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Asthma researchers develop electronic care guide for family docs

University collaborates on province-wide initiative to help kids with asthma stay healthy
March 23, 2016
Dr. David Johnson, (left) with seven-year-old Noah White and his mom Erin White. A new electronic care guide Dr. Johnson co-developed will help Noah with allergy-related asthma that requires a daily regime of inhalers and steroids.

Dr. David Johnson, left, of the Cumming School of Medicine, with seven-year-old Noah White and his mom Erin White. A new electronic care guide Dr. Johnson co-developed will help Noah with allergy-related asthma that requires a daily regime of inhalers and steroids.

Children with asthma could soon be breathing easier thanks to new research that promises to put a treatment guide directly into their electronic medical record with their family physician to ensure they receive the best evidence-based care.

The Alberta Primary Care Pathway for Childhood Asthma — funded by a $750,000 grant from the Partnership for Research and Innovation between Alberta Health Services (AHS) and Alberta Innovates Health Solutions (AIHS) — will introduce this innovative mechanism to 22 medical practices across the province as a trial run to assess its benefits in managing childhood asthma in primary care settings. If the results are positive, a full provincial rollout is envisioned.

The three-year study from researchers at the University of Calgary and the University of Alberta is designed to help health professionals prescribe the right medication and to encourage parents to fill and use their child’s prescription properly. To this end, doctors will be given a “decision-making tree” right in the child's electronic medical record to help make their diagnosis while their staff will receive more training to provide education on asthma treatments.

Easy-to-use electronic tool will help practitioners educate parents

“By ensuring that family practitioners have a convenient tool that helps them provide the optimal therapy, and by instructing the chronic-disease nurses in family practitioners’ offices on how to best educate parents to manage their kids with asthma, we offer the best chance to prevent kids from having to visit Emergency or be hospitalized,” says Dr. David Johnson, senior medical director of the AHS Maternal, Neonatal, Child and Youth Strategic Clinical Network, and professor of paediatrics, pharmacology and physiology at the University of Calgary, Cumming School of Medicine.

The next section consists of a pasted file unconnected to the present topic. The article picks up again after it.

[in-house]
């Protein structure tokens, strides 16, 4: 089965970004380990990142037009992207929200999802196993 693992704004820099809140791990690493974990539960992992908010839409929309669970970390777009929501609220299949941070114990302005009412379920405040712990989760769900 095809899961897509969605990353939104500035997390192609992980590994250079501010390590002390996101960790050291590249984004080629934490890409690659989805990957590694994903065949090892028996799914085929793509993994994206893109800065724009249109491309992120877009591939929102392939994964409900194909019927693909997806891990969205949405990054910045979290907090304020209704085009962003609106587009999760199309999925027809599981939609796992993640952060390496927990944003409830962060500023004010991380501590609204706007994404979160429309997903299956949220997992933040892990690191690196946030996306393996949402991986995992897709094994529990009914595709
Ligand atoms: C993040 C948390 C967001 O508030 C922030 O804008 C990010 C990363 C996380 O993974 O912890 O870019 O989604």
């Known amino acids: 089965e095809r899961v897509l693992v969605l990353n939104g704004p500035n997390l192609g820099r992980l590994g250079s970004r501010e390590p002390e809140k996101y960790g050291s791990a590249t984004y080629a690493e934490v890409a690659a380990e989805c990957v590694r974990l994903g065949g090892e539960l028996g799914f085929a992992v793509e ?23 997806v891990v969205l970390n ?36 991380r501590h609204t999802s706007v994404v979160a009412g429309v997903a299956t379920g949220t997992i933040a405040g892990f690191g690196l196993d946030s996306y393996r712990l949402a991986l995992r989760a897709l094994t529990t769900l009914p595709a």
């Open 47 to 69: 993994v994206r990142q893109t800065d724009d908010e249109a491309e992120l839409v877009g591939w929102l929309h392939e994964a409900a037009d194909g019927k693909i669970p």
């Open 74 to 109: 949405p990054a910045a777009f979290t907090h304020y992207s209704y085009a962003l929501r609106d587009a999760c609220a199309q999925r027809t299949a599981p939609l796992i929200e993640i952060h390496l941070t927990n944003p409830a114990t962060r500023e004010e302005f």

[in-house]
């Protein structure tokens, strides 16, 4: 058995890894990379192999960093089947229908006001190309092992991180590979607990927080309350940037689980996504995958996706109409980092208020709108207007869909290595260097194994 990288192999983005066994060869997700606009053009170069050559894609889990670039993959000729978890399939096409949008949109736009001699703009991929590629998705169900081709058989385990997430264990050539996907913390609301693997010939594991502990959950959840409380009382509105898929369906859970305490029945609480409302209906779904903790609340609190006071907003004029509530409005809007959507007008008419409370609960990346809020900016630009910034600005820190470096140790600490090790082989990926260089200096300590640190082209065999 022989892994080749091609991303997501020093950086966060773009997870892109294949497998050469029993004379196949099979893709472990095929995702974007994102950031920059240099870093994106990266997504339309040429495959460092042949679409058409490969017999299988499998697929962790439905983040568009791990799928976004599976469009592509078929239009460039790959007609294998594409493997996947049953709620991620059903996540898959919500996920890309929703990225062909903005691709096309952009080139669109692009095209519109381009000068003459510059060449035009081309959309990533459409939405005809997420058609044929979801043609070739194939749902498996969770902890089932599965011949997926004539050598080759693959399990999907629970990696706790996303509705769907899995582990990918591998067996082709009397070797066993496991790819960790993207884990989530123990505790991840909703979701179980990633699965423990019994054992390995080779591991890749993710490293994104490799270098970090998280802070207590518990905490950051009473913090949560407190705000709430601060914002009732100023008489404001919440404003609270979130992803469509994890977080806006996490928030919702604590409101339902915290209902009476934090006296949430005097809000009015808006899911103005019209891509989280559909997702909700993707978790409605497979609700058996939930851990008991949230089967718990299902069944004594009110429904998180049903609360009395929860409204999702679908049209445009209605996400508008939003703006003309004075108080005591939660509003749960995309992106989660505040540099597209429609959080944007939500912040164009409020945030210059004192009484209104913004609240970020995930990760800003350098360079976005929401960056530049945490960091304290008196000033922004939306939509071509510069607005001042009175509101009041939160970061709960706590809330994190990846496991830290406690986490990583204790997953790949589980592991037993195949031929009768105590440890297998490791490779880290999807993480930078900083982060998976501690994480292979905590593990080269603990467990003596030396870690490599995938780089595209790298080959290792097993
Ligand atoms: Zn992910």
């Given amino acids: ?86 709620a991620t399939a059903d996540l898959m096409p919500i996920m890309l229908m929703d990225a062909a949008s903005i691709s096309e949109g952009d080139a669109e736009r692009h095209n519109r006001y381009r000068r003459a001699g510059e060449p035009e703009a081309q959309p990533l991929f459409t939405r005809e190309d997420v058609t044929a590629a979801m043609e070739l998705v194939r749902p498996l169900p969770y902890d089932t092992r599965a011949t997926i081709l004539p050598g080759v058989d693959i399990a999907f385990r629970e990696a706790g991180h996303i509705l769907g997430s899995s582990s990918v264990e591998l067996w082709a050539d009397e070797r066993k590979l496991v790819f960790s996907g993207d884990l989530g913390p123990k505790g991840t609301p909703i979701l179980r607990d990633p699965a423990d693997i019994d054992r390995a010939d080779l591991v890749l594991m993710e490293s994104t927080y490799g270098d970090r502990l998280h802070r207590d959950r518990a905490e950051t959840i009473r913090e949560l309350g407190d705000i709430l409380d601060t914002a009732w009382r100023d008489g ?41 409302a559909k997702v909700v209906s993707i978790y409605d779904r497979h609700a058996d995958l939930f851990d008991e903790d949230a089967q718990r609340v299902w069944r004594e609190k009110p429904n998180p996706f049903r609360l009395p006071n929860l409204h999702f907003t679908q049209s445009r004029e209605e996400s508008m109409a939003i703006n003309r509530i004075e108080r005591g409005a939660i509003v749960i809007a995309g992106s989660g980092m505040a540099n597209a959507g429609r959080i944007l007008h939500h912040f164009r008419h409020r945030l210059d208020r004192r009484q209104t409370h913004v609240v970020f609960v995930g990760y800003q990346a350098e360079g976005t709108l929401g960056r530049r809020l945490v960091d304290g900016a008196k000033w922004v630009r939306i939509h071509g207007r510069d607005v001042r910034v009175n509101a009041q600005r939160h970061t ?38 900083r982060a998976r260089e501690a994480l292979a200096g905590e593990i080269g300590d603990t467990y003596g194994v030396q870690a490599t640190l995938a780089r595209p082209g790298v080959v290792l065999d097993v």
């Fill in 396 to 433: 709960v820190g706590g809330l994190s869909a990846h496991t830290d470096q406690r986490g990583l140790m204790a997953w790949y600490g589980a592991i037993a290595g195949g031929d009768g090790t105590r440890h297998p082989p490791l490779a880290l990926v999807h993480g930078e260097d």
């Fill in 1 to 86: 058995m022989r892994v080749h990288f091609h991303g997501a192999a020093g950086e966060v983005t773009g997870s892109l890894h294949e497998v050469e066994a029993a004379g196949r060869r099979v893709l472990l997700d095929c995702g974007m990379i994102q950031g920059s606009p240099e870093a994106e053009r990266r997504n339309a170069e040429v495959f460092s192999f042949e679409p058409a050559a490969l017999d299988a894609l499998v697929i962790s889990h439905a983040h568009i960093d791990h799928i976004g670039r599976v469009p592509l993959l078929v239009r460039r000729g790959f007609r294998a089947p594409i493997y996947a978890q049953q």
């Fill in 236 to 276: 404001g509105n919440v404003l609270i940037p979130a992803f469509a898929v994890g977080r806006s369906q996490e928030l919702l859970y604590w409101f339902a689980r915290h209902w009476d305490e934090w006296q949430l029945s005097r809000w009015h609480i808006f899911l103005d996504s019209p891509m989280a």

“What we’re attempting to improve is physician and parent management of asthma for their children,” says Dr. Andrew Cave, a family physician and professor of family medicine at the University of Alberta. “So we developed a template that can be inserted into a patient’s electronic records for the doctor; they can click on it when a child with asthma comes through, and follow the path so the patient gets managed ideally.”

Health system improvements driven by research

Drs. Cave and Johnson, who lead the project, are also both members the AHS Respiratory Health Strategic Clinical Network — the driving force behind the grant application — and a province-wide team which helps guide clinical research and care in Alberta.

“Changing the way the health system solves complicated problems, comes from research. The work that Drs. Andrew Cave and David Johnson are doing underscores this,” says Dr. Pamela Valentine, interim CEO of Alberta Innovates – Health Solutions. “Asthma can cause a lifetime of suffering.  Using evidence to inform a solution to the problem, ultimately leads to improved health both for Albertans and people around the world.”

As well as nurses, pharmacists and other clinicians will also be trained to talk with parents — many of whom fail to pick up or understand the importance of their child’s prescription — and address their concerns over cost and assure them of the safety of steroid-based medications.